Curtiss-Wright Motor Controllers Specified For University's Formula Hybrid-Powered Vehicle

The RPI team worked year round to completely redesign and build the parallel hybrid-based DCMS vehicle which, for 2014, resulted in a mid-engine rear-wheel-drive car featuring a 38hp Kawasaki motorcycle engine mounted on the rear differential and coupled to a 79hp Agni 95-based main drive/traction motor.

In order for the DCMS to deliver racecar-level performance with a comparably small engine, much of the burden of power is left to the electric drive system, which uses a four-quadrant Sigmadrive to integrate the drive system with the vehicle’s CANbus. Like a hybrid vehicle, the electric motor provides the DCMS with instant acceleration and regenerative braking, while the internal combustion engine will engage at a point determined by an on-board computer system and is controlled by the driver using a clutch and electronic throttle. 

The Sigmadrive also allows the driver to regulate the power of the high output battery to deliver 1%, 50% or 100% of the available power going into the motor controller. Typically, this is achieved by applying pressure through the throttle pedal or selecting different gear ratios. However, the vehicle design completely changes every year, and in 2014 the team did have traditional acceleration pedal links to its on-board main control system, passing a direct message to the analogue input of the basic throttle control system to deliver a specific percentage of power. In certain circumstances the control system on the DCMS will make allowances for wheel spin, critical condition of the battery pack or overheating. However, generally it provides direct control of the percentage of torque coming through the motor controller.

Commenting on the reason for specifying PG Drives Technology’s Sigmadrive controller, RPI’s electrical supervisor Ricky Willems says: “Size and weight of the motor controllers were the most serious factors in the specification, and shape was also a major concern. Compared to competitive motor controllers of similar ratings, the Sigmadrive was substantially smaller and lighter. Its form factor was thin, wide and long, which allowed it to be placed strategically below the driver and positioned vertically behind his back.”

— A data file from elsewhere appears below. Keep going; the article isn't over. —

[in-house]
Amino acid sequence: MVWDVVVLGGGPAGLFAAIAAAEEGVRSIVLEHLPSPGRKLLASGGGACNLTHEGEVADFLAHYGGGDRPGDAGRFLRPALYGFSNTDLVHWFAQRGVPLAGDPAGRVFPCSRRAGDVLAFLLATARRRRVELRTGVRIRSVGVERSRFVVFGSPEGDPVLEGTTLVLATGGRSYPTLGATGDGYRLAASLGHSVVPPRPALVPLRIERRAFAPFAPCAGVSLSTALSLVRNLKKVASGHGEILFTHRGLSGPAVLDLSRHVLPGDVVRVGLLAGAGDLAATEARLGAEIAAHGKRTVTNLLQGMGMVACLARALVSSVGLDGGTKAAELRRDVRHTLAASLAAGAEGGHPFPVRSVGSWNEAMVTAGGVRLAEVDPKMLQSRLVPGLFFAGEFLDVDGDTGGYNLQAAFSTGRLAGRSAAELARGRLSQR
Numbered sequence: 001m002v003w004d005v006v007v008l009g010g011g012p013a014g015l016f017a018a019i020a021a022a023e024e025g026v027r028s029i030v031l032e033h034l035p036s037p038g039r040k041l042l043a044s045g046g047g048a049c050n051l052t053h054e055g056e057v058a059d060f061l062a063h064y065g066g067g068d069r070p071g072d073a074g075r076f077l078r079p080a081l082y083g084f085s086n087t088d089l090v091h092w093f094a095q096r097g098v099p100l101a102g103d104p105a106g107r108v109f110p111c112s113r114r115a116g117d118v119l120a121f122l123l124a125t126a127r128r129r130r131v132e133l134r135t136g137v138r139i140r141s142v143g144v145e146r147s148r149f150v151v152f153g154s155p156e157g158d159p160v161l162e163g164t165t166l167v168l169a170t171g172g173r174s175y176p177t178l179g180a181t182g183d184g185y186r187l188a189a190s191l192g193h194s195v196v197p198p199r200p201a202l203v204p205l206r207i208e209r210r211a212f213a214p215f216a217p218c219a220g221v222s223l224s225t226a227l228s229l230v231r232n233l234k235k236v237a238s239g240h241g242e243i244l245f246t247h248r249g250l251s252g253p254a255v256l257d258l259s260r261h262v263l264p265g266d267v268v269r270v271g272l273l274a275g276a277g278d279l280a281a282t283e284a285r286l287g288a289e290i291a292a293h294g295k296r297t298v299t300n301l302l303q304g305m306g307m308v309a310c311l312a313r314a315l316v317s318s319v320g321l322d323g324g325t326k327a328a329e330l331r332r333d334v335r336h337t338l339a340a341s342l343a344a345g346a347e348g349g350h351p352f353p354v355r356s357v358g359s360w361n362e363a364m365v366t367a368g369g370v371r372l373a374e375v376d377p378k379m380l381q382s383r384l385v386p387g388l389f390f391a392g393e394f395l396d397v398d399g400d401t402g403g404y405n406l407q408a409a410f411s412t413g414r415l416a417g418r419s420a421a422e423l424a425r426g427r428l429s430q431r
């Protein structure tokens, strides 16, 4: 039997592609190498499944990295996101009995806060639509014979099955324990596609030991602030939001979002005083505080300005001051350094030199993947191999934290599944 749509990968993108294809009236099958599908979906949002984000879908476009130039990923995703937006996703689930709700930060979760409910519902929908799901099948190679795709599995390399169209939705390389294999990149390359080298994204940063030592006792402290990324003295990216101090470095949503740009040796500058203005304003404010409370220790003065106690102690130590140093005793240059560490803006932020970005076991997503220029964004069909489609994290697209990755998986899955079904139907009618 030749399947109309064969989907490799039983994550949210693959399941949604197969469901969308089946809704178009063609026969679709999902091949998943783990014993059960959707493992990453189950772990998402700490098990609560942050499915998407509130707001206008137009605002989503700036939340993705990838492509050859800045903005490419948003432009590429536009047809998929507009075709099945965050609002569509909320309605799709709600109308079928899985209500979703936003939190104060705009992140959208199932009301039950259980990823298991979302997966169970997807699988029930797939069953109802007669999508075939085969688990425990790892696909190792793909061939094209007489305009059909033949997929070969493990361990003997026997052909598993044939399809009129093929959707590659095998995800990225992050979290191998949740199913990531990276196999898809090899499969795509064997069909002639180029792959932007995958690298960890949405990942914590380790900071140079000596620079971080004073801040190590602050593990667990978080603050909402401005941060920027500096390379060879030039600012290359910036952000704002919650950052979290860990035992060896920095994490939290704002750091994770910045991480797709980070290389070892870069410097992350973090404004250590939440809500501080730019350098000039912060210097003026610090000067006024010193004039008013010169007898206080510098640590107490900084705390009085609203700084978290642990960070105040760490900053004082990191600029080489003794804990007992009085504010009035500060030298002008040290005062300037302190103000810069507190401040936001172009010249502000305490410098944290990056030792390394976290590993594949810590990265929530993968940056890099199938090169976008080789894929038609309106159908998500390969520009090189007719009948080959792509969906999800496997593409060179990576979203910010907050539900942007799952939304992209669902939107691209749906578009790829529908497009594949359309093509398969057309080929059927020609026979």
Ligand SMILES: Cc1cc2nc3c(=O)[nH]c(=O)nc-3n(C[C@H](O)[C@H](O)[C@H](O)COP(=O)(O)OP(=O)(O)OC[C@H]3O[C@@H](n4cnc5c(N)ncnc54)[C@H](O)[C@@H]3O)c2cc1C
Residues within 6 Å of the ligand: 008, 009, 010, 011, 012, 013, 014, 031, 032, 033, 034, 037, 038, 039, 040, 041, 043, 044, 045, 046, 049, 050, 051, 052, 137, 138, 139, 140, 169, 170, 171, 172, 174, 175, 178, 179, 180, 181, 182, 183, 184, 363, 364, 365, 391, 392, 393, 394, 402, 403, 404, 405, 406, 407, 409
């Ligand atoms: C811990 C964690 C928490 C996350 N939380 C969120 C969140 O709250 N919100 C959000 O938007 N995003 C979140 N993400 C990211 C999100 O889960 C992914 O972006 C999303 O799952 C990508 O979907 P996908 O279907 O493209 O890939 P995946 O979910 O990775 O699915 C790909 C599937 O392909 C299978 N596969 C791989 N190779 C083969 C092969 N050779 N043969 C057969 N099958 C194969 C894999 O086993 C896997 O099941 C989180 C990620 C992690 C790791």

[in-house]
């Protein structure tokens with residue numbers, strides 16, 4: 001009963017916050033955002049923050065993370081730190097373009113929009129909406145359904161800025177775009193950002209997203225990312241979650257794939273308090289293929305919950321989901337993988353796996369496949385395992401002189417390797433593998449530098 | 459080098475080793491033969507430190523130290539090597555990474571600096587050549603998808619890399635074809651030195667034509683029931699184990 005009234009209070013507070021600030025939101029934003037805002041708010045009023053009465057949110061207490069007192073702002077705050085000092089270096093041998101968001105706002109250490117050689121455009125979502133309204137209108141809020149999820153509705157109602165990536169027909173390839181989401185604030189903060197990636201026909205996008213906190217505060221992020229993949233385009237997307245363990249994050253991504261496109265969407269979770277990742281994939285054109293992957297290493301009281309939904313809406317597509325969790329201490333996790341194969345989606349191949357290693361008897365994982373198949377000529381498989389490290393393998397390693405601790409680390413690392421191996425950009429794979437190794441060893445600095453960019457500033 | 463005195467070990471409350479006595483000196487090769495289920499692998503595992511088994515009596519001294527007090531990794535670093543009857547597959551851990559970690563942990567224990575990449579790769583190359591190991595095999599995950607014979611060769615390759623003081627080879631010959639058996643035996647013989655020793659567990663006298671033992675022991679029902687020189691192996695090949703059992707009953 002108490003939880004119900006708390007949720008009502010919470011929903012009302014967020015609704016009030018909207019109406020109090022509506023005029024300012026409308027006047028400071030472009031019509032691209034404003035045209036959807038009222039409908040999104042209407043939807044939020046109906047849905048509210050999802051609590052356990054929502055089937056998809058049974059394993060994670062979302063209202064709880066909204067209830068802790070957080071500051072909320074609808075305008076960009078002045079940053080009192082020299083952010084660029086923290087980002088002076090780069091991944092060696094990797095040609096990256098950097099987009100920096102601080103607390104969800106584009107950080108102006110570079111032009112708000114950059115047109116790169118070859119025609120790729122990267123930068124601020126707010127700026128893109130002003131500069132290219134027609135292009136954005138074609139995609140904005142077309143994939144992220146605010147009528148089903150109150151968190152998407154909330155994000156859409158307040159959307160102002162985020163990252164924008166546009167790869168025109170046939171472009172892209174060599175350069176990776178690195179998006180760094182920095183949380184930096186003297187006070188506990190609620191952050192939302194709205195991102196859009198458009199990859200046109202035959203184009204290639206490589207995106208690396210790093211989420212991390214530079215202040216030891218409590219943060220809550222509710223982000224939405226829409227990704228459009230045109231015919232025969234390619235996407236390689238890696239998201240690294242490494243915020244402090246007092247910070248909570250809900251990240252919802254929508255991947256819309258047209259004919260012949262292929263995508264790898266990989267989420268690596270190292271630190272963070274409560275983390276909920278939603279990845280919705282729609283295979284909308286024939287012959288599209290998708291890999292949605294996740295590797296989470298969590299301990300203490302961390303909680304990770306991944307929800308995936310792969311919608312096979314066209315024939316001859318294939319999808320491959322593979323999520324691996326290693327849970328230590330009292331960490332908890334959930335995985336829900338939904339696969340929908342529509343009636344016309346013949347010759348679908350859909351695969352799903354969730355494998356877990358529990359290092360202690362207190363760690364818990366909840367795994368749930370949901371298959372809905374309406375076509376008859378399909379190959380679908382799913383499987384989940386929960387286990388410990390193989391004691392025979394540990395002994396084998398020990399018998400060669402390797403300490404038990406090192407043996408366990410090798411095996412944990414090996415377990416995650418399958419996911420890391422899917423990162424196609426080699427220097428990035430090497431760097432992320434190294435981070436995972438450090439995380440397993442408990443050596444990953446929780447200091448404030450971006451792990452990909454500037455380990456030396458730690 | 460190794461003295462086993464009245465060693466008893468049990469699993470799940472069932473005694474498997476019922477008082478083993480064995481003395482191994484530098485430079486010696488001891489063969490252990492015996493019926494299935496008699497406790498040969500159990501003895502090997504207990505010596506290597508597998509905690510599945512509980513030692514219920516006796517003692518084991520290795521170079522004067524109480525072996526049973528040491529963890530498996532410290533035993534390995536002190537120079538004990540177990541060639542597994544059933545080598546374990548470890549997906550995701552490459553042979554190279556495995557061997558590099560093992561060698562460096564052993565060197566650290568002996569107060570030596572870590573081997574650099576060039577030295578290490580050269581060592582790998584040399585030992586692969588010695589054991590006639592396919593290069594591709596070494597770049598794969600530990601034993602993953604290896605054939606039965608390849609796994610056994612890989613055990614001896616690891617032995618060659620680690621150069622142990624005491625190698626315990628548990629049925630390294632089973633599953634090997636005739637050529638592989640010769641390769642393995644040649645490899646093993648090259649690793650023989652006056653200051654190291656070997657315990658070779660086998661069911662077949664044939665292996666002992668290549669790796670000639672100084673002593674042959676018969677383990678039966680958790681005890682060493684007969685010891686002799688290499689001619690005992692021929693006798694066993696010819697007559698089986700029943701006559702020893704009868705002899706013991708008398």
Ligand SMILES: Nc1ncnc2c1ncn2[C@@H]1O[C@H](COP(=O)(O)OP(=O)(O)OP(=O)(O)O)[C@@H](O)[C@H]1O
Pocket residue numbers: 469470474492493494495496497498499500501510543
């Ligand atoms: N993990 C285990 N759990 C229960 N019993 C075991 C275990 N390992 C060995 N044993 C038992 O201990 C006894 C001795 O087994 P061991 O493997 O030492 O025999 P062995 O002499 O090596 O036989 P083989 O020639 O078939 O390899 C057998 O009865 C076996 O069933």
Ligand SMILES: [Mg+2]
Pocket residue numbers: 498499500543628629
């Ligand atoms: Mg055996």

He goes on to say that other features and factors that influenced the team’s decision on specifying the Sigmadrive controller included a large aluminum mounting surface that proved essential when the motors were at maximum output; and the regenerative braking feature, which meant the team didn’t need to design its own.

PG Drives Technology’s Sigmadrive provides smooth and predictable speed control of permanent magnet traction motors across a wide range of system voltages and power ratings. Their advanced design includes features such as IMS technology, high-resolution current measurement, CANbus communications and extremely low heat dissipation. The Sigmadrive can also be configured for dual-traction applications and includes a range of dedicated electric power steer assist controllers.

Curtiss-Wright’s Industrial division is a recognized leader in the production of critical controls and assemblies for specialty vehicles, including sensors, electronic throttle controls and joysticks. For further information about products and other innovative solutions available from Curtiss-Wright’s Industrial division, please visit www.cw-industrial.com or call +44 (0)1425 271444.

About Curtiss-Wright Corporation

Curtiss-Wright Corporation (NYSE:CW) is a global innovative company that delivers highly engineered, critical function products and services to the commercial, industrial, defense and energy markets.  Building on the heritage of Glenn Curtiss and the Wright brothers, Curtiss-Wright has a long tradition of providing reliable solutions through trusted customer relationships. The company employs approximately 10,000 people worldwide.  For more information, visit www.curtisswright.com.

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